Världsarvet Engelsbergs bruk
Engelsberg Ironworks, listed as a World Heritage site by UNESCO 1993.
Information: Fagersta tourism
The Engelsberg ironworks is considered to be one of the finest industrial monuments in the world, and was added to UNESCO’s list of World Heritage Sites in 1993.The works gets its name from Englika, a homesteader of German origin, who came here in the 14th century. The first owner of the Engelsberg works was Per Larsson, who took the name of Gyllenhöök on being ennobled. In 1728, the Söderhielm family inherited most of the business and worked ardently to improve it. A new blast furnace was built in 1779, and this forms the basis of the one we can see today. The works was managed by the Timm family between 1825 and 1916, and the smelting house was modernized and extended. Even the forge was rebuilt. Finally, improved communications facilitated the transport of ore and finished bar iron.
The works was taken over by the Avesta Järnverk ironworks in 1916 and just three years’ later was closed down. Had it not been for the interest taken by consul general Axel Ax:son-Johnson and his descendants, the works would probably have been lost to posterity by now.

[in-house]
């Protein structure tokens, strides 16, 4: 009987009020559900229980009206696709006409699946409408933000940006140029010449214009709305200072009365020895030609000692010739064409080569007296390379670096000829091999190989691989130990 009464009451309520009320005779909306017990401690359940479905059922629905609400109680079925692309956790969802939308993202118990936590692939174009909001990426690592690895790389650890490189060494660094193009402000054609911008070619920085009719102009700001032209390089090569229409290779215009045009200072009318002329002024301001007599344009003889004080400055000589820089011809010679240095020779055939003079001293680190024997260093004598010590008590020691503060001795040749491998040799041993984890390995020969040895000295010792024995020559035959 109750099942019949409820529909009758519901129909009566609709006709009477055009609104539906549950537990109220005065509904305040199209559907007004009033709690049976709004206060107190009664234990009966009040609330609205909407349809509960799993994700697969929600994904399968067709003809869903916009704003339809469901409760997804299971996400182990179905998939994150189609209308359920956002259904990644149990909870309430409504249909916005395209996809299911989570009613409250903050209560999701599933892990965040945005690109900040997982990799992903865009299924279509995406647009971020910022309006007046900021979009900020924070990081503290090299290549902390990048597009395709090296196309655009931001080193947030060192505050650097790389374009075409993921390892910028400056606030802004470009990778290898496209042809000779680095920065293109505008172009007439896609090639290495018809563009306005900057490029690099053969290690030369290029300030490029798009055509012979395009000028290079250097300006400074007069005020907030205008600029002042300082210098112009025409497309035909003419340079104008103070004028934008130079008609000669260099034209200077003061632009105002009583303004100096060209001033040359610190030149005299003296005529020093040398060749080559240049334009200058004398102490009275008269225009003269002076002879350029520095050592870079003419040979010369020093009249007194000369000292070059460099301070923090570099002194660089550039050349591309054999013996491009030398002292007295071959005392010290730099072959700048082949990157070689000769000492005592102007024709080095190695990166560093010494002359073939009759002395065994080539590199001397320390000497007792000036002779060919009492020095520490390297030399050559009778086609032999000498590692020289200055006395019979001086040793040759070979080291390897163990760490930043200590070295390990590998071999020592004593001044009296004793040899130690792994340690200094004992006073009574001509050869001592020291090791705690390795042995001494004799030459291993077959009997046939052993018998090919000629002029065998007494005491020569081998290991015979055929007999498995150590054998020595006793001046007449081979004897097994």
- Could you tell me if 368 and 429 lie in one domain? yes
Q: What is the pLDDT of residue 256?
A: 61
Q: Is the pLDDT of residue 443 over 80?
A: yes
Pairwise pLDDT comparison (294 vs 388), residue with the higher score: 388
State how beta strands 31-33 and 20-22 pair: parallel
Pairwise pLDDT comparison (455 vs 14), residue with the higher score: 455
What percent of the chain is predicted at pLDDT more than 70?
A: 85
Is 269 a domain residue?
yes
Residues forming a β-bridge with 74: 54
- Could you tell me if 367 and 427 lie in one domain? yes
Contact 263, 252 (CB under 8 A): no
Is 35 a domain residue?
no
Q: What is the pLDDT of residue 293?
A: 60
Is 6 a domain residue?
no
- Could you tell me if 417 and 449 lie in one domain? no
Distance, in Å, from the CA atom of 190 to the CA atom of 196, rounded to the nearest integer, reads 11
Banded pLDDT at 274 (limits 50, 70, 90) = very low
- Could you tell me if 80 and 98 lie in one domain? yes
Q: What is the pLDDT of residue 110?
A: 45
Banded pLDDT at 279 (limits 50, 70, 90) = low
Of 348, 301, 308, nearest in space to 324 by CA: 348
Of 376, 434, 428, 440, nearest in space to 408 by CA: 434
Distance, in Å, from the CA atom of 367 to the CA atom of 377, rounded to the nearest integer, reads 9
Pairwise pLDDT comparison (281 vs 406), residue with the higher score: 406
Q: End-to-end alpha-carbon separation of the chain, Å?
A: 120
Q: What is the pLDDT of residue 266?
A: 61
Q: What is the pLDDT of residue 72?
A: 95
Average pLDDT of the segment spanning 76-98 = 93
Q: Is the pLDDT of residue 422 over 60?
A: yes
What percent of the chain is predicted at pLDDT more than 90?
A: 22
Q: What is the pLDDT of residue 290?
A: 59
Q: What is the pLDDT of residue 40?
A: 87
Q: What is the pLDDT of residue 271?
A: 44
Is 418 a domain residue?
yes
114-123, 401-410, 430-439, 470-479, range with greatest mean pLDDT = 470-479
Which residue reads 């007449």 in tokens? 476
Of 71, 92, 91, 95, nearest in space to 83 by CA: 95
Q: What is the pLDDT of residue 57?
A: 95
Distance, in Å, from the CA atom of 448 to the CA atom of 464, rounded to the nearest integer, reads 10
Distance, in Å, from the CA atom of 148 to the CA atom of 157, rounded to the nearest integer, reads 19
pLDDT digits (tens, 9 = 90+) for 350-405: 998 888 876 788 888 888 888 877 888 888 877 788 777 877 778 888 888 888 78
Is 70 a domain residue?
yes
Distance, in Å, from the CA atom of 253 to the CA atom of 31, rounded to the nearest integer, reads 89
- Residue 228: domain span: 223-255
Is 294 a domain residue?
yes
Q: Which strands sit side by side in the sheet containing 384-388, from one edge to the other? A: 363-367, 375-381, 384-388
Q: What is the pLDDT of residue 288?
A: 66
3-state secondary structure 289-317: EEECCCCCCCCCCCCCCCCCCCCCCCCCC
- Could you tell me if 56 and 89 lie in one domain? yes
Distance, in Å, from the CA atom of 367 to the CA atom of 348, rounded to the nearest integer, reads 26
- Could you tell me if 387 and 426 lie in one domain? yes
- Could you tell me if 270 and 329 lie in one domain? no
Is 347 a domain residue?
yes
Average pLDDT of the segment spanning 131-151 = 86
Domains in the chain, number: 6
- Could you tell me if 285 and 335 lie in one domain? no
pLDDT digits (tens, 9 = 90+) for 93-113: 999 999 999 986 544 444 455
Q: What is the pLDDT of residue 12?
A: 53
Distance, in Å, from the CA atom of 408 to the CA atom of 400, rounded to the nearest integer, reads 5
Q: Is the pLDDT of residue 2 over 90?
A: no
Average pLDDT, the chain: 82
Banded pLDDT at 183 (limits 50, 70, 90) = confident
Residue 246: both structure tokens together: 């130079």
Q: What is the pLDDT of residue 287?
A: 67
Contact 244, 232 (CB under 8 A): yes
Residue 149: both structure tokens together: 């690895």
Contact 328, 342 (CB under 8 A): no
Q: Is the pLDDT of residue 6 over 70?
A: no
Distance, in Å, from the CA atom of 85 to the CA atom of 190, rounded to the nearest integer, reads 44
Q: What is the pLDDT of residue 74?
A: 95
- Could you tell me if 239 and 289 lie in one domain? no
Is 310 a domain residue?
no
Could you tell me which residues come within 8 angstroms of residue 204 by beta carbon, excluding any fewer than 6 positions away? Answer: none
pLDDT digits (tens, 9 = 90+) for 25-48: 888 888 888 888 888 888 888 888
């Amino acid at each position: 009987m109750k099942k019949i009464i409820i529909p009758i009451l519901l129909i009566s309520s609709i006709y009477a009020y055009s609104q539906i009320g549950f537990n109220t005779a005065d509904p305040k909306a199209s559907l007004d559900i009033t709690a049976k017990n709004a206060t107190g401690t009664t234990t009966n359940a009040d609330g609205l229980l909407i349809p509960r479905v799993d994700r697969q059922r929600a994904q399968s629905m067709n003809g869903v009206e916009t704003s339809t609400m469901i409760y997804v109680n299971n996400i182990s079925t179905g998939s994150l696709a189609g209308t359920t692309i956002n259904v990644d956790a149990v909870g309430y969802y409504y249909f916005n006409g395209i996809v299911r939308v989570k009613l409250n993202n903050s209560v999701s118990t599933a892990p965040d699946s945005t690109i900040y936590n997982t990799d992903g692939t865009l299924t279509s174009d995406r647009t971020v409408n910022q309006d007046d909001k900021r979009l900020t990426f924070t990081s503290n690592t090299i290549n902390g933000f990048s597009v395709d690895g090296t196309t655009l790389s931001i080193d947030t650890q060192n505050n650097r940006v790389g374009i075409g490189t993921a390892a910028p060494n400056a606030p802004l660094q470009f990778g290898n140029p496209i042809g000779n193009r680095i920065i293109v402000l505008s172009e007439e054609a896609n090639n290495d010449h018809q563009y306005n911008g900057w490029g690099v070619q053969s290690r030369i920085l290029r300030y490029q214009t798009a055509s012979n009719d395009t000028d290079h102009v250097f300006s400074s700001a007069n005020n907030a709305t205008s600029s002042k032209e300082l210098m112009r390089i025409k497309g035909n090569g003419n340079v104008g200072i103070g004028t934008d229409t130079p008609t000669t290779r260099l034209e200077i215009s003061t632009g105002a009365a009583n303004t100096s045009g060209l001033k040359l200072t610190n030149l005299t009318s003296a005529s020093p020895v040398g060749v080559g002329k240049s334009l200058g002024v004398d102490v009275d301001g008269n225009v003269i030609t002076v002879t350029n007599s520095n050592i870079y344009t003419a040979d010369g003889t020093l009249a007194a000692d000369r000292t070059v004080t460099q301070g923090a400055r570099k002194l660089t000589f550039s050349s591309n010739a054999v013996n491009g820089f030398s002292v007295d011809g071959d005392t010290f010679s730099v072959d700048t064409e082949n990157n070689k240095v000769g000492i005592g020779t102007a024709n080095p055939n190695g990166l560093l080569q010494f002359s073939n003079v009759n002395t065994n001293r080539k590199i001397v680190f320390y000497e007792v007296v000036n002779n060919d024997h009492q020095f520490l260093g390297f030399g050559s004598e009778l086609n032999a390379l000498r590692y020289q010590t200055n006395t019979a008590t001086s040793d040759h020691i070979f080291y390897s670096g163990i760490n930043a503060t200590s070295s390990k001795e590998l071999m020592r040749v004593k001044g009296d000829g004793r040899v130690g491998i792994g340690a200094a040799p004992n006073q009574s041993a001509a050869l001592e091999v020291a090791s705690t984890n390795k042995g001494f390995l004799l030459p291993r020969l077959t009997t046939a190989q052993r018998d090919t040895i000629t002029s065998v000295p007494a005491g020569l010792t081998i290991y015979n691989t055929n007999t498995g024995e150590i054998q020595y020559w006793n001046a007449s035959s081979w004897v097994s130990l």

Industrial installations and gardens flourish side-by-side here. From the tree gardens, an avenue leads to the manor house, which was built in 1746 to replace the older manor that had stood there before. The kitchen was situated in the older, east wing of the house, while the west wing or annexe was built in the 1780s to accommodate Lorentz Peter Söderhielm’s 19 children (born of two marriages). The round towers are built of slagstone; one was used as a summerhouse and the other as an earth closet.
Down from the manor house is the blacksmith’s forge, one of the best preserved examples of its type. Along the road from the works can be seen typical farm buildings—granaries, stables, pigsties and the old farm office.
Workers’ homes were situated away from the central area of the works. The Engelsberg smelting house is one of just a few remaining “mulch-timber” smelteries in the country. (These are blast furnaces with an outer timber cladding on the upper section, which is insulated with sand and soil—hence the “mulch”.)
The original furnace shaft, which had a length of just over nine metres, was given an outer lining of brick and raised three metres in the 1870s. What is unique about the Engelsberg blast furnace and forge is that the water-wheel, ore crusher, blower and tilt hammer are all still operational, and can be seen working when demonstrations are given.
A craft shop and café, situated near the entrance, are open during the summer in the slagbrick house—where you can also book your visit. At other times booking should be made via the Tourist Information Office in Fagersta.